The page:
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We all have that well-meaning friend or acquaintance who thinks his or her knowledge of politically correct lingo and the current line-up of "ethnically-authentic" television shows automatically grants special membership to an ultra-exclusive club of hip minorities. 

There's always, for instance, that non-black friend with a penchant for racial slurs who blurts out "But my best friend is black!" any time he or she is accused of racism, the same friend who proudly declares "I watch 'The Wire'!" anytime a black person enters the room.

I'm never sure how to react to this cringe-worthy behavior from people who demand that they be adored and praised for mimicking, appropriating, or re-defining cultures that are not of their own. In a world where people try so hard to believe that we occupy a "post-racial" era, people of color are seen as badges of honor for privileged individuals looking for very specific ways to bolster their own ideas of self-worth. People of color in the media, especially women, serve as the stepping stones to a privileged person's coming-of-age, the culturally-stagnant background props to another person's nuanced story of growth. 

All too often, people with possibly all the best intentions in the world study, employ, and adopt supposed markers of "cultural authenticity" and stop short of real, meaningful discourse about privilege in America. When black women are used as props in music videos to give off a very specific attitude and image of "street credibility," and the bodies of women of color end up serving as disposable avenues for a male character's coming of age, we simply continue to adhere to harmful paradigms of race and gender. "Isms" will be eradicated only when those with privilege pass the microphone to marginalized constituencies and let them speak for themselves, not when they decide to show "appreciation" for culture by hiring Japanese dancers to work as caricaturized background props for a white woman. 

Privilege is the ability to choose and adopt elements of a selected culture and apply them to yourself however you see fit. It's the ability to adopt twerking and "ratchet" culture as a way to seem "edgy" without being deemed filthy and sexually deviant in the way a black person would. It's the ability to joke about having an "inner black woman" when you do not ever, in fact, have to experience life at the intersections of racism and sexism in the way a black woman does. It's the ability to dress up like a sexy geisha without ever needing to live under the constant barrage of tropes about the hypersexualized Asian woman.

While I understand that culture represents a constantly changing collection of social habits, language, and shared experiences, I firmly believe that cultural shifts need to be moved and governed by people who actually live within these cultures, not by privileged individuals who are simply looking for another marker of maturity or worldliness. The truth? Your unrivaled collection of Tribe Called Quest and Fugees albums does not make you an ally. Your Asian girlfriends and proudly hoisted set of "authentic" Japanese samurai swords above your fireplace does not make you an "honorary Asian." Your "deep" friendship with the Dominican man who makes your toasted-bagel-and-cream-cheese breakfast every morning does not suddenly make you color blind and should not excuse you from deeper conversations about our respective roles in perpetuating race and gender hierarchies in American society.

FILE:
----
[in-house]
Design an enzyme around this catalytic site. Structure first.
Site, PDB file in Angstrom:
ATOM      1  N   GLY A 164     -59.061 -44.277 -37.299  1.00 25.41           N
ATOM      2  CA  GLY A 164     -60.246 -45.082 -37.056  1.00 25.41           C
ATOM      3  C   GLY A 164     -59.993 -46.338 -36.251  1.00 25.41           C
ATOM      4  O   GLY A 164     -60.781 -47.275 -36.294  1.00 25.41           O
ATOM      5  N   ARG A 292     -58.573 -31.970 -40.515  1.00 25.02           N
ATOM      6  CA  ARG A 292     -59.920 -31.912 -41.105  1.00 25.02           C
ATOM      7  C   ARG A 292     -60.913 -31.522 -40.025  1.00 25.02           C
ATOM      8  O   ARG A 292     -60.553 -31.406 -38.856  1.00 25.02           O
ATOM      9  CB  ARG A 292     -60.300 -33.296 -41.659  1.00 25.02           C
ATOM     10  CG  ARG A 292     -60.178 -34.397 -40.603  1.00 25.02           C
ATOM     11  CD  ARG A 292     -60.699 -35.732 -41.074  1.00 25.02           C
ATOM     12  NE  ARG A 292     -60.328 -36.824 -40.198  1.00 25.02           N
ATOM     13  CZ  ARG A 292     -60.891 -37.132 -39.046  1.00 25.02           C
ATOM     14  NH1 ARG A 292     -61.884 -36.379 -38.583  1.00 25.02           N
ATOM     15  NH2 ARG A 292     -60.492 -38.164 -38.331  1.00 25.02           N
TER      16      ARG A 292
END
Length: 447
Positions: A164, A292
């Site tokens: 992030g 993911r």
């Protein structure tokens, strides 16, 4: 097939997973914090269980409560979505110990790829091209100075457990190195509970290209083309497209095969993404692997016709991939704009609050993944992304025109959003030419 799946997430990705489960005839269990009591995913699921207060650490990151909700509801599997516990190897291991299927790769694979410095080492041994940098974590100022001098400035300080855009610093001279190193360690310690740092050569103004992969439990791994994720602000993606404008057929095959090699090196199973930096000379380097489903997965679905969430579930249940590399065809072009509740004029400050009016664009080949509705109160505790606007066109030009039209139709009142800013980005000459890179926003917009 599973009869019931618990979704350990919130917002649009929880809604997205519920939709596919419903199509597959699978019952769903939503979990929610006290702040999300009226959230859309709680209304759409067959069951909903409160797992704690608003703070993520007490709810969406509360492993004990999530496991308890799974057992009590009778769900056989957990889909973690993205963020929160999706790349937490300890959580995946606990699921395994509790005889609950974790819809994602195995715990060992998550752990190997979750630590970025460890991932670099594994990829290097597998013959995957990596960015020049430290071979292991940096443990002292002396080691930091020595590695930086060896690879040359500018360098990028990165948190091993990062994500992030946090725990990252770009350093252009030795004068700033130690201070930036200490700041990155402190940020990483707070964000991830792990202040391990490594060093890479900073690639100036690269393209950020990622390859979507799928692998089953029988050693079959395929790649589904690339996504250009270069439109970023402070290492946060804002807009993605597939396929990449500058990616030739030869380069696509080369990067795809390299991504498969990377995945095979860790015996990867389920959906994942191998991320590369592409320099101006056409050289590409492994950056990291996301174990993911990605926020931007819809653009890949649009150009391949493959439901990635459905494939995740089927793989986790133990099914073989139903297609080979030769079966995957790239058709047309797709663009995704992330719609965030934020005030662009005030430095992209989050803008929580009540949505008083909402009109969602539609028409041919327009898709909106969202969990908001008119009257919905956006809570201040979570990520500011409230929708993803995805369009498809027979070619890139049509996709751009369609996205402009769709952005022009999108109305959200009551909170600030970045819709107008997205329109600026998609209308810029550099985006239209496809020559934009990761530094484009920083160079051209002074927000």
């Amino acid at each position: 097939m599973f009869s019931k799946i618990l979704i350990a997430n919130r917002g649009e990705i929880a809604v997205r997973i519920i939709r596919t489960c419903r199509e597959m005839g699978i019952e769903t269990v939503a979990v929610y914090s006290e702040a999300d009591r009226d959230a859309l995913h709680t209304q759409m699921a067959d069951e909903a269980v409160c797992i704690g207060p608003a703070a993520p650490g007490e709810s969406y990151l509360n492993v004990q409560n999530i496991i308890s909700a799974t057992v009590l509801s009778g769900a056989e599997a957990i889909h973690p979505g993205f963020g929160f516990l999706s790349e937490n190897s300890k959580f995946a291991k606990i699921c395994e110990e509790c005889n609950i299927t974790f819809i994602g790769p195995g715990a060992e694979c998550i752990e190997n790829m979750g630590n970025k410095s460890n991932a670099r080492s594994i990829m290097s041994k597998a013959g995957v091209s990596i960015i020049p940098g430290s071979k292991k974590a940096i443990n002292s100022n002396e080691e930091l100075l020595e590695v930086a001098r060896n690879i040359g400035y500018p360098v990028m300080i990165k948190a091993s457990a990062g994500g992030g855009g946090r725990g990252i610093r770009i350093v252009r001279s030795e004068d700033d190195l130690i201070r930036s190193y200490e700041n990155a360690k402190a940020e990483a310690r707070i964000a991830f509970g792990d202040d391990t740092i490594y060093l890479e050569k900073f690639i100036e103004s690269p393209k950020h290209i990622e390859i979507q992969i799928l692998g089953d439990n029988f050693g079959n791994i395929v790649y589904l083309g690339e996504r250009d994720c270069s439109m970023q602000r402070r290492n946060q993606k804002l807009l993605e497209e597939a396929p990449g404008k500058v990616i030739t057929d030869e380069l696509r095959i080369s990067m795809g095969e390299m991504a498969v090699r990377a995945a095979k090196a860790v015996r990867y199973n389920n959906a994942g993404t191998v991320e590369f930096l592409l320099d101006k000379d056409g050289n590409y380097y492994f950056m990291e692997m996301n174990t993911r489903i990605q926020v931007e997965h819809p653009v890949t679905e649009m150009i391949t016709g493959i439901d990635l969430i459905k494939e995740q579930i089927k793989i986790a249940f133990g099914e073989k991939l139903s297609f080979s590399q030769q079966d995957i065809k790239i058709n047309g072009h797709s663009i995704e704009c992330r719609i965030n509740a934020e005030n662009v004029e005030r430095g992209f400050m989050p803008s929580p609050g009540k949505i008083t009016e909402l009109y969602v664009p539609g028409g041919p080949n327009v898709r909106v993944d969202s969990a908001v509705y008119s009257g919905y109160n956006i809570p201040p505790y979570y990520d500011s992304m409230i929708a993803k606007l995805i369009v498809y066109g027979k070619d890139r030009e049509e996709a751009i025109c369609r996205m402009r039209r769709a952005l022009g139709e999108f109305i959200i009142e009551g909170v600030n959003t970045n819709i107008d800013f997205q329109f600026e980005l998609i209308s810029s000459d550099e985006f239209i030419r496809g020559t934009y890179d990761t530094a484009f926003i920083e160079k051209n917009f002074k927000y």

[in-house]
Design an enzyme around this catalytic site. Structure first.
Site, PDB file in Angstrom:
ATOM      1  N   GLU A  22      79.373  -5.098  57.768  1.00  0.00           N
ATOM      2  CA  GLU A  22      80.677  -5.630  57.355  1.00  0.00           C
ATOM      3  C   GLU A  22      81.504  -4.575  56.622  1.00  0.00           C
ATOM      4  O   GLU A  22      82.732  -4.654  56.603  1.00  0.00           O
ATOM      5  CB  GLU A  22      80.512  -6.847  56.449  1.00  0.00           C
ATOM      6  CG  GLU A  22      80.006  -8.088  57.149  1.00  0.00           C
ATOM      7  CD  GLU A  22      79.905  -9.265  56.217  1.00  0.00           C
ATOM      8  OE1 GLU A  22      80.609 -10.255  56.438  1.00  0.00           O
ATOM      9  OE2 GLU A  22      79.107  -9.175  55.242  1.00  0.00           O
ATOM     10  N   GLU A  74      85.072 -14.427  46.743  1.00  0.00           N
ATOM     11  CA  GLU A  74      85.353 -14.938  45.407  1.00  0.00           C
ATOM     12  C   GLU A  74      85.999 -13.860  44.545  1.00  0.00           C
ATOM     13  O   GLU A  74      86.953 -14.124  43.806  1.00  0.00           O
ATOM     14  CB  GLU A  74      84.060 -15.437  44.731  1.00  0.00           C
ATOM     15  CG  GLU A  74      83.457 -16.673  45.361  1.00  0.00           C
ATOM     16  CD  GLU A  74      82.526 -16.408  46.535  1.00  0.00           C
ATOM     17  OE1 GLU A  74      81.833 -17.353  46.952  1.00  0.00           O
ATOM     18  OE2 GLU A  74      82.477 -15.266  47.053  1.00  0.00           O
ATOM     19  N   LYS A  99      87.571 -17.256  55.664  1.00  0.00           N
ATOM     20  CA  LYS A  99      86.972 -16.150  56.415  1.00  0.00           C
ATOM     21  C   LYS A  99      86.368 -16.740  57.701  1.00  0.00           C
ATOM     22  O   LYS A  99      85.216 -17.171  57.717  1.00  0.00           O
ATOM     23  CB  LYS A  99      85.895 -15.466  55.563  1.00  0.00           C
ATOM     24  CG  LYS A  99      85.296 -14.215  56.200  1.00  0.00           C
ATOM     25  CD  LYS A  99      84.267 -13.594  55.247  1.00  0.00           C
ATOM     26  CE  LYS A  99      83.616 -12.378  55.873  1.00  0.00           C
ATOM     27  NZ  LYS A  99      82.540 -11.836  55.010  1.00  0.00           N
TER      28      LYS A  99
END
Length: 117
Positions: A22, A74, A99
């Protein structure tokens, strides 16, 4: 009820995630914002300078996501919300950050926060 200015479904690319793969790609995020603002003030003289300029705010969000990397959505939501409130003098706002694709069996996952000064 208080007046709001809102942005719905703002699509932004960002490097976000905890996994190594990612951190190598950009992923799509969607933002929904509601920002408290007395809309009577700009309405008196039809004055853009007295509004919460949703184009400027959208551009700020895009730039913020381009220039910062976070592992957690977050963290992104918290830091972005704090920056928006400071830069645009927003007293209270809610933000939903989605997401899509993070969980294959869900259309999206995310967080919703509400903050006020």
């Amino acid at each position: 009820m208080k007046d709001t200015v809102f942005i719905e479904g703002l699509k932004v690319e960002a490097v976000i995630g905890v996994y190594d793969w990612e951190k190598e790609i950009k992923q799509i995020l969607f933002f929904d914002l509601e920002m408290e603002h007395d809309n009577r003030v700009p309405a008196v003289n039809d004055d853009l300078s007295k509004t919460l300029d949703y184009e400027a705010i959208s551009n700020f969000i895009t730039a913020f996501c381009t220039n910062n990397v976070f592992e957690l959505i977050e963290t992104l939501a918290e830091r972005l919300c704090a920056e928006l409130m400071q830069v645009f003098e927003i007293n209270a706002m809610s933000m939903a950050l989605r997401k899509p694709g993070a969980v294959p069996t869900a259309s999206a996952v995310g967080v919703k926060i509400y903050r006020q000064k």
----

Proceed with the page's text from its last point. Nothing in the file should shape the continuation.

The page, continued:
Rather than let those with power continue to profit off of their removed and often inaccurate characterizations of marginalized populations, we must push for more diverse voices at the highest levels of media production. We must have the ability to occupy the leading roles in our own stories and the right to define ourselves. The state of media today may have you confused, but tokenizing and using our "exotic" bodies as shiny rungs on the ladder to privileged self-growth is not the way to go. 


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Lindsey Yoo is a Korean-American social media aficionado interested in racial justice, community engagement, pop culture, and all things Asian-American.  She coordinates social media for The Filthy Freedom Project, where she dishes about culture, religion and sexuality every other week. You can tweet with her at @LindseyYoo.

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Jon Libra
12/10/2013 07:50:58

Intersting article

I am curious by what you mean by

"I firmly believe that cultural shifts need to be moved and governed by people who actually live within these cultures, not by privileged individuals who are simply looking for another marker of maturity or worldliness."

What is a cultural shift? In this context?

Historically speaking cultural shifts do not happen from within. In most cases cultures are quite conservative and are moved by outside forces. A great example is Meiji Era, Japan, because it occurred so rapidly.

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